You can read the First Minister’s statement in full at this link.

Our friends at the Association of Leading Visitor Attractions (ALVA) have shared with ASVA their latest wave of public sentiment research they commissioned with Steve Mills of Decision House. It follows similar sentiment tracker research conducted last Spring and Summer to measure the changing public mood about the nature of the UK epidemic, and to gauge the effect on people’s optimism of the successful roll-out of the vaccine programme. ALVA have highlighted to us that the latest research has been modified to increase the numbers of people interviewed in Scotland, so we would highly recommend that ASVA members take the time to review the results.
 
Highlights from the research include:

  • Over half our audience has begun to return to at least some attractions since the end of the first lockdown, but visits have primarily been to outdoor sites – members, families and young people most confident
  • Confidence around visiting attractions is now more polarised compared with the first lockdown – whilst more will return quickly, there has been even greater growth in the segment unlikely to visit for a long time
  • Indeed, around 40% feel less positive about visiting than they did during the first lockdown (18% feel more positive), with the impact of the virus now feeling greater for many – high infection rates, new variants etc.
  • Concerns around distancing remain the focal point – pre-visit reassurance around limiting capacity (via pre-booking) and the ability to control distancing in practice will continue to be vital. The market is now much more accepting of mandatory mask wearing
  • But when re-opening again, we need to remember that there are growing numbers who are questioning the value of the experience – we need to try to offer as full / normal a visit as possible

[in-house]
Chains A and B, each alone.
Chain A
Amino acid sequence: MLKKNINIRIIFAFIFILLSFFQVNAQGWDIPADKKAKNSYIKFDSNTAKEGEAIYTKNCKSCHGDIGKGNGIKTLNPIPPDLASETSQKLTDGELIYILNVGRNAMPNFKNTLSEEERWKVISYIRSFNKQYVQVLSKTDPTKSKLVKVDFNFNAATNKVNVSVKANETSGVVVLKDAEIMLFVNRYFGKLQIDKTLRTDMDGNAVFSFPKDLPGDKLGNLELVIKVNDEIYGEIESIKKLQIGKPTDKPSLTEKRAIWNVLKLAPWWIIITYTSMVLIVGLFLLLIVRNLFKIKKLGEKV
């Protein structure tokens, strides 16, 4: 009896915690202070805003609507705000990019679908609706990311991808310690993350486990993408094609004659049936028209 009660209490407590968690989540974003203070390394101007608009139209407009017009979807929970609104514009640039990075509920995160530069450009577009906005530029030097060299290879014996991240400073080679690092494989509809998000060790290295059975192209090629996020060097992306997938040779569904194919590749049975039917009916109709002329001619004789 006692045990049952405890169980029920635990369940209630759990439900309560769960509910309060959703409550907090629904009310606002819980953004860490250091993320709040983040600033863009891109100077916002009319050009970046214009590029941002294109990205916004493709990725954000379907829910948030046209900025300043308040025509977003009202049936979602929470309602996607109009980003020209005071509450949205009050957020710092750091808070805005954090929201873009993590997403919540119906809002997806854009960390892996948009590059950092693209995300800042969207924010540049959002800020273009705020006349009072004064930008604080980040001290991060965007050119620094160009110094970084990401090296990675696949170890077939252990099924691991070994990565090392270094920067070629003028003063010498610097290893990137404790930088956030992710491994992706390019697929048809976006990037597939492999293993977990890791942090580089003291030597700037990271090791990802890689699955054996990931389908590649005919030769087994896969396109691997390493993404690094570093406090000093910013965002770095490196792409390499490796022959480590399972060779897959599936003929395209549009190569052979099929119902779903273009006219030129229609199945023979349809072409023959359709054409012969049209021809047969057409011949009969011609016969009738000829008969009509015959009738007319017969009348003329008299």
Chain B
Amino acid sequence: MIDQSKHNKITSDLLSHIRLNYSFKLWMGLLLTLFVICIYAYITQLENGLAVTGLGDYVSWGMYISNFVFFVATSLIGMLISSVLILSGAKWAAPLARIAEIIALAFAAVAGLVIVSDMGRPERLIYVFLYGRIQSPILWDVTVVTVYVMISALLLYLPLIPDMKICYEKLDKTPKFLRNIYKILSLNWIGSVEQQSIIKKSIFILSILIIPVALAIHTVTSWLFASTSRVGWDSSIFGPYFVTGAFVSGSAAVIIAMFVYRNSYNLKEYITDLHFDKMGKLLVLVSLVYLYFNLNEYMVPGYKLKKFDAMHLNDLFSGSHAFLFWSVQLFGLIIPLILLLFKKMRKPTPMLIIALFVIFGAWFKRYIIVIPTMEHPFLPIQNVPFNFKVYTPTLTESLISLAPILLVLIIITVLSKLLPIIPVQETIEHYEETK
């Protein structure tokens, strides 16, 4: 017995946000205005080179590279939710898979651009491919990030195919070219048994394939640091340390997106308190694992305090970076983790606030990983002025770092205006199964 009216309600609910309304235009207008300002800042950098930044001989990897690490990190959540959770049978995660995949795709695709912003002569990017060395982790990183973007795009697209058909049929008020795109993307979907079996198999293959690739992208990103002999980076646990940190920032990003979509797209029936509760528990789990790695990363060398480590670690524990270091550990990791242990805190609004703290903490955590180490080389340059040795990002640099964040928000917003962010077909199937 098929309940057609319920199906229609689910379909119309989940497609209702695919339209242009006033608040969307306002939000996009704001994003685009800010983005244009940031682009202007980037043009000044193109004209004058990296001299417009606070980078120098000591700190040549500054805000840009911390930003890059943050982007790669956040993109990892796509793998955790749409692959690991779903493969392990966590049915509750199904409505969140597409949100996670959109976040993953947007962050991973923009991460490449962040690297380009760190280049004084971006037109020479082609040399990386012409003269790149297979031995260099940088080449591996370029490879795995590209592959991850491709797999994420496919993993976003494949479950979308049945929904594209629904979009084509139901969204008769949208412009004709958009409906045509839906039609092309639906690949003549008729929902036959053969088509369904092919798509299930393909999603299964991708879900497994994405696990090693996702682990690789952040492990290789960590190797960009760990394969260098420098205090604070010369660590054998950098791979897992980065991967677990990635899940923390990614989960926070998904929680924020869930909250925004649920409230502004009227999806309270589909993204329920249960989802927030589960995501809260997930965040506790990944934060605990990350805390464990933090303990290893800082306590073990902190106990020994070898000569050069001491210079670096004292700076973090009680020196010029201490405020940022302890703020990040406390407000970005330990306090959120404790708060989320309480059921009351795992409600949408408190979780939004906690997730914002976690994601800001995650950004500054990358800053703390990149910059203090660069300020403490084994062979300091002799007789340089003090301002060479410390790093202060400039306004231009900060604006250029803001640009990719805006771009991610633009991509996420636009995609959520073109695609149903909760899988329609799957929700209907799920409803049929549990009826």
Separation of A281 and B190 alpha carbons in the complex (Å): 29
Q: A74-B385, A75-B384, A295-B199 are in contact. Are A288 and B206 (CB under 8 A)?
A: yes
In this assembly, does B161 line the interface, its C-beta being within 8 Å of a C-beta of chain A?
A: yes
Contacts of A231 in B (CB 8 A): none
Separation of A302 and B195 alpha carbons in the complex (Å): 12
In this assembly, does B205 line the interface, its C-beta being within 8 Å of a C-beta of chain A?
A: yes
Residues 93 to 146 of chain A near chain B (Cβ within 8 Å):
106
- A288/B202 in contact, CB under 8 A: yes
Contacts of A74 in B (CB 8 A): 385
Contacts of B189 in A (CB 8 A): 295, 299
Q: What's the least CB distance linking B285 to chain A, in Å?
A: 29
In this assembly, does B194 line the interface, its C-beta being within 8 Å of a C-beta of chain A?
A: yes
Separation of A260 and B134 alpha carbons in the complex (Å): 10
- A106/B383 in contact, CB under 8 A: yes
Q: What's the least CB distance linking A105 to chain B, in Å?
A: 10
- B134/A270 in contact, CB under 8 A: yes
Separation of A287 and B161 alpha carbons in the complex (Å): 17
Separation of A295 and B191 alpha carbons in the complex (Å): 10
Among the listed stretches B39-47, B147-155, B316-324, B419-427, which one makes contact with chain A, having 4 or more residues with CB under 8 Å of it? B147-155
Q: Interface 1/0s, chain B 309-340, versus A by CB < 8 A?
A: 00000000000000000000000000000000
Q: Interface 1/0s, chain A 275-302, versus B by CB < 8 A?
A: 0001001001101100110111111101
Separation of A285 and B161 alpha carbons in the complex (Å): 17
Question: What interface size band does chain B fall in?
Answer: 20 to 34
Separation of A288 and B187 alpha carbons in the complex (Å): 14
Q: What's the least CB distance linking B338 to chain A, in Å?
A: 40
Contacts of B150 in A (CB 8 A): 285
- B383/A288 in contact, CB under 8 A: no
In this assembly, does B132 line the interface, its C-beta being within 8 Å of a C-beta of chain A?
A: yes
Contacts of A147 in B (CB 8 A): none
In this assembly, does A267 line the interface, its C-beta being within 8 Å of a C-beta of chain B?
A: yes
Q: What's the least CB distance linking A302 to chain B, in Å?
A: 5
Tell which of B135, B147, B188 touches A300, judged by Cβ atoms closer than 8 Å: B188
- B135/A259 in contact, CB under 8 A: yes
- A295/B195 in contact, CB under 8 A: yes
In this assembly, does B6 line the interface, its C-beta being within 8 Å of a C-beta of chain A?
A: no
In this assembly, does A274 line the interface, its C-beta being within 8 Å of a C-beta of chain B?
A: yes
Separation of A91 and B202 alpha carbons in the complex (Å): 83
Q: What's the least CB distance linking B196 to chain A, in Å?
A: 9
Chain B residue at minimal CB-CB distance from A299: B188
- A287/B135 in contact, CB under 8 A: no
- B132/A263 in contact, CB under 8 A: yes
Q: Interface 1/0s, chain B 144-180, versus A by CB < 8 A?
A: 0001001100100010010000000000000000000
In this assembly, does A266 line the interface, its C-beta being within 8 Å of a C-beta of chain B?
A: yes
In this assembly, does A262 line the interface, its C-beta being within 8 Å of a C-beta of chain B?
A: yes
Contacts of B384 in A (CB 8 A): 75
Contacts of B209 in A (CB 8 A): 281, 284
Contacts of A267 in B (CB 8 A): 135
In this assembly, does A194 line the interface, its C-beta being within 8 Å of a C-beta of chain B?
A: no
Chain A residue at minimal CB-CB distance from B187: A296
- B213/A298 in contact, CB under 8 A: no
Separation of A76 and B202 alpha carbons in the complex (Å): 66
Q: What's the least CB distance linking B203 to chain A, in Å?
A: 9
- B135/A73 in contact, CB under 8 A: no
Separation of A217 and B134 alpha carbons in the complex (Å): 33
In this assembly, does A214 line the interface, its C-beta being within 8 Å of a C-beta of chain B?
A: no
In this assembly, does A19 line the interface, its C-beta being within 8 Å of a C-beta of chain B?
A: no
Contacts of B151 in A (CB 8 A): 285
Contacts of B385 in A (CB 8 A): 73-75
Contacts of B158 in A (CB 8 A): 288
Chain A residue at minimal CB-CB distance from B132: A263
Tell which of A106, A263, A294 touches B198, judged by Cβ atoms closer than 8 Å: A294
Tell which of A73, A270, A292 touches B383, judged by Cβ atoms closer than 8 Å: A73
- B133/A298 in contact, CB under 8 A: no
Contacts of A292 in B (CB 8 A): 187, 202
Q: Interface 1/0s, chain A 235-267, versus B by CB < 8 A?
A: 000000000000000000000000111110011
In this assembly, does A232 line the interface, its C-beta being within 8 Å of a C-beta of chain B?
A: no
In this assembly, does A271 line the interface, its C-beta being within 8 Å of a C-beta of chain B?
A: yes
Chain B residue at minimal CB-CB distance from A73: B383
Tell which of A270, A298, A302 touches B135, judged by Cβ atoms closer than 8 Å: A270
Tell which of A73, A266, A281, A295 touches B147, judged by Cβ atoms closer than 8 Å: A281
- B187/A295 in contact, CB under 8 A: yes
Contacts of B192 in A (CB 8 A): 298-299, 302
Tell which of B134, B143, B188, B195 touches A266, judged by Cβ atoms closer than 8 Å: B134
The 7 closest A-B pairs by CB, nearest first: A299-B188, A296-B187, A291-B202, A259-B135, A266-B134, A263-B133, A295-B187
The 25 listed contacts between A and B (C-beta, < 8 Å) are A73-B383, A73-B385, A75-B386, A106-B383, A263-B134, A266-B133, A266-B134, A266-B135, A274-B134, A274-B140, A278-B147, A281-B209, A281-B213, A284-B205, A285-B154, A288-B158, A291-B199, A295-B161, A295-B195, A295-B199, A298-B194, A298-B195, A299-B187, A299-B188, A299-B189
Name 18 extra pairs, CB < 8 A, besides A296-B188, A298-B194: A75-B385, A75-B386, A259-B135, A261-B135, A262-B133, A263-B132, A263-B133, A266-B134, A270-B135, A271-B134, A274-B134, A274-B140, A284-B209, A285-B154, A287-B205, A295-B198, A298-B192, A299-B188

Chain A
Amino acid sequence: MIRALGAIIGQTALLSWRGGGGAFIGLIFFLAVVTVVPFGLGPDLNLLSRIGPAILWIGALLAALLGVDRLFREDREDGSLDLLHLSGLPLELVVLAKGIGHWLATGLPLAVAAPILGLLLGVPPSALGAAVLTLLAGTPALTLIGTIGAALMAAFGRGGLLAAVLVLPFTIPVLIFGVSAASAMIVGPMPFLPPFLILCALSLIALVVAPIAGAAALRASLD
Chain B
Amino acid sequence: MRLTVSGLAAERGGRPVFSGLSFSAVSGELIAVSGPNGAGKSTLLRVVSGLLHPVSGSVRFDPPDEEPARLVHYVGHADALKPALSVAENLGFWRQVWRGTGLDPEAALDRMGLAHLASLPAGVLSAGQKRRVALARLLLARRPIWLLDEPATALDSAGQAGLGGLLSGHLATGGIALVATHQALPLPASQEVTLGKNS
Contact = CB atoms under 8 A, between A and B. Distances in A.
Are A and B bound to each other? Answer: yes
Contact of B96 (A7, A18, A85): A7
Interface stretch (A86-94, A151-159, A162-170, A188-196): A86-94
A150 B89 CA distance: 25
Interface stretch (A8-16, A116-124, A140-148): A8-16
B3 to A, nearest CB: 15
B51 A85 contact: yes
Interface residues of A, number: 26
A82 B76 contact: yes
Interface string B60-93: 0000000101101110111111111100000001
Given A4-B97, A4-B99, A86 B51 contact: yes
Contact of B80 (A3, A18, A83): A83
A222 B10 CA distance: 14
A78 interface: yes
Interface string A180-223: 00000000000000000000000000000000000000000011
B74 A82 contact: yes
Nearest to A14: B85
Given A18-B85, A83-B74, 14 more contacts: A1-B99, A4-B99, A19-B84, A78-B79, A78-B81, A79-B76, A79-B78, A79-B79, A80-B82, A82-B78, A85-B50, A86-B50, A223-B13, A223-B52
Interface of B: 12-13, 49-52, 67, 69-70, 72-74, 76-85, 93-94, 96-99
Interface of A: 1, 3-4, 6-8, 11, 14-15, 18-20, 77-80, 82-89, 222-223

• With that in mind, it is important to note that anxiety around using facilities at attractions, while still high for many indoor facilities, is easing slightly – apart from interactives and audio guides
  • The advent of vaccines is beginning to have some positive impact upon attraction visiting prospects, although this will be limited until the market feels that rollout to the wider population is complete
  • In the short term, the impact of the vaccine is mainly in encouraging the fearful to at least consider a visit – moving people from ‘unlikely to visit for a long time’ to ‘wait and see what happens for a short while’
  • As it stands, attractions are unlikely to see short term rapid increases in visits driven by a vaccination rollout – the impact of having the first vaccine dose increases the proportion saying they will visit any attraction from 44% to 48%, although the impact is greater (+7%) among those aged 55 or over
  • There has been some growth in empathy with the plight of attractions – the lead up to reopening may be the optimum time to play on this altruistic message again
  • There has also been increasing confidence around use of public transport to travel to attractions

You can view the full report here. We would like to thank Bernard and the team at ALVA for sharing this information with ASVA.

This week the Scottish Government launch a new Zoo and Aquarium Conservation Project Fund. If you are a zoo or aquarium in Scotland and are experiencing financial hardship which is specifically affecting your conservation projects, you may be able to apply for a grant of up to £400,000 per project to continue them.